- Oops!Something went wrong.Please try again later.
It hasn't been the best quarter for Meritor, Inc. (NYSE:MTOR) shareholders, since the share price has fallen 20% in that time. But that doesn't change the fact that the returns over the last five years have been very strong. Indeed, the share price is up an impressive 211% in that time. To some, the recent pullback wouldn't be surprising after such a fast rise. The more important question is whether the stock is too cheap or too expensive today.
To paraphrase Benjamin Graham: Over the short term the market is a voting machine, but over the long term it's a weighing machine. One imperfect but simple way to consider how the market perception of a company has shifted is to compare the change in the earnings per share (EPS) with the share price movement.
During five years of share price growth, Meritor achieved compound earnings per share (EPS) growth of 7.2% per year. This EPS growth is slower than the share price growth of 26% per year, over the same period. This suggests that market participants hold the company in higher regard, these days. That's not necessarily surprising considering the five-year track record of earnings growth.
The company's earnings per share (over time) is depicted in the image below (click to see the exact numbers).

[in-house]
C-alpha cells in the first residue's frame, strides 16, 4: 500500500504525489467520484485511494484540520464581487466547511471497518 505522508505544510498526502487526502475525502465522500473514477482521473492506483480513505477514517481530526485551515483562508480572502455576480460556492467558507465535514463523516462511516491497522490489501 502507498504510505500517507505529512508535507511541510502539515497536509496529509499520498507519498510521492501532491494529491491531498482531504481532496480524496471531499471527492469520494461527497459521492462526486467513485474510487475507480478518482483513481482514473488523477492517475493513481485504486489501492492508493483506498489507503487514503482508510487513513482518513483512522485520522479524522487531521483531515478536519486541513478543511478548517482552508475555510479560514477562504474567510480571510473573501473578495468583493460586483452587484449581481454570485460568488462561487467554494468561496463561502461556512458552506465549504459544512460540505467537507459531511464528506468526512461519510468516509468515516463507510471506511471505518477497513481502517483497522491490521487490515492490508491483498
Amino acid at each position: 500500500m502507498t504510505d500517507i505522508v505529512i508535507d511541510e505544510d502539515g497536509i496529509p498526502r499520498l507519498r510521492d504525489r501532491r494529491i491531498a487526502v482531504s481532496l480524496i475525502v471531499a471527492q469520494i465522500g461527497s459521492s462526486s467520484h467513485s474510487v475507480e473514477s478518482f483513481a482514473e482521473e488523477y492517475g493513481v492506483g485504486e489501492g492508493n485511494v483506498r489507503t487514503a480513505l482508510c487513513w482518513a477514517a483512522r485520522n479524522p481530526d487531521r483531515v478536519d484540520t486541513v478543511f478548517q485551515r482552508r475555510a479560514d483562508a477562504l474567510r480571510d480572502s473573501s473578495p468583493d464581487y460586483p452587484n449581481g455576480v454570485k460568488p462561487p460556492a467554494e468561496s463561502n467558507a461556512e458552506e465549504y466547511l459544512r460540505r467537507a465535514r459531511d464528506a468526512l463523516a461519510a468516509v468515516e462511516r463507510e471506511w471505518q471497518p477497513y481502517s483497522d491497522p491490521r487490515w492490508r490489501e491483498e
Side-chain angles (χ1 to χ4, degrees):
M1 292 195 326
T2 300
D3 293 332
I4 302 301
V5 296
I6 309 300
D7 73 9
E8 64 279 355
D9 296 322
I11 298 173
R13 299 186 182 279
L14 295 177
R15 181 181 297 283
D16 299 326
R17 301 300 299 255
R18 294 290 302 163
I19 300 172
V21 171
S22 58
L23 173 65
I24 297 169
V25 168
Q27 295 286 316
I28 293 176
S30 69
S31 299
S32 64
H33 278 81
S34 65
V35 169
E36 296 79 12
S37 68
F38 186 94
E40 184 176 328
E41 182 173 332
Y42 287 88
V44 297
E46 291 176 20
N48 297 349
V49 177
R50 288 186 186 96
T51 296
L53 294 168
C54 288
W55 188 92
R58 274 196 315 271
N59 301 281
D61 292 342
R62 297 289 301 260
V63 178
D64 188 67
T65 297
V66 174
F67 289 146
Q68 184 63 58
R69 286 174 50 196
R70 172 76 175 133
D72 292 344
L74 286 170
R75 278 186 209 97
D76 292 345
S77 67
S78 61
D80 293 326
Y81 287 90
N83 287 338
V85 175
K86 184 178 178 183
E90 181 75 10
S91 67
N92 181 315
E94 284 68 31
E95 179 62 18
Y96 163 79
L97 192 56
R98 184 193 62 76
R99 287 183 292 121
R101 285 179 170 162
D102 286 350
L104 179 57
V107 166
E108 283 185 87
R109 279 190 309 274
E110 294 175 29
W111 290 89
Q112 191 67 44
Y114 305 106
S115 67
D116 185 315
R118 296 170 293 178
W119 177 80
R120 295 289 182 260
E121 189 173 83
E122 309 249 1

Dive deeper into Meritor's key metrics by checking this interactive graph of Meritor's earnings, revenue and cash flow.
A Different Perspective
Meritor provided a TSR of 17% over the last twelve months. But that return falls short of the market. On the bright side, the longer term returns (running at about 26% a year, over half a decade) look better. It's quite possible the business continues to execute with prowess, even as the share price gains are slowing. While it is well worth considering the different impacts that market conditions can have on the share price, there are other factors that are even more important. Even so, be aware that Meritor is showing 3 warning signs in our investment analysis , and 1 of those shouldn't be ignored...
If you like to buy stocks alongside management, then you might just love this free list of companies. (Hint: insiders have been buying them).
Please note, the market returns quoted in this article reflect the market weighted average returns of stocks that currently trade on US exchanges.
This article by Simply Wall St is general in nature. It does not constitute a recommendation to buy or sell any stock, and does not take account of your objectives, or your financial situation. We aim to bring you long-term focused analysis driven by fundamental data. Note that our analysis may not factor in the latest price-sensitive company announcements or qualitative material. Simply Wall St has no position in any stocks mentioned.
Have feedback on this article? Concerned about the content? Get in touch with us directly. Alternatively, email editorial-team (at) simplywallst.com.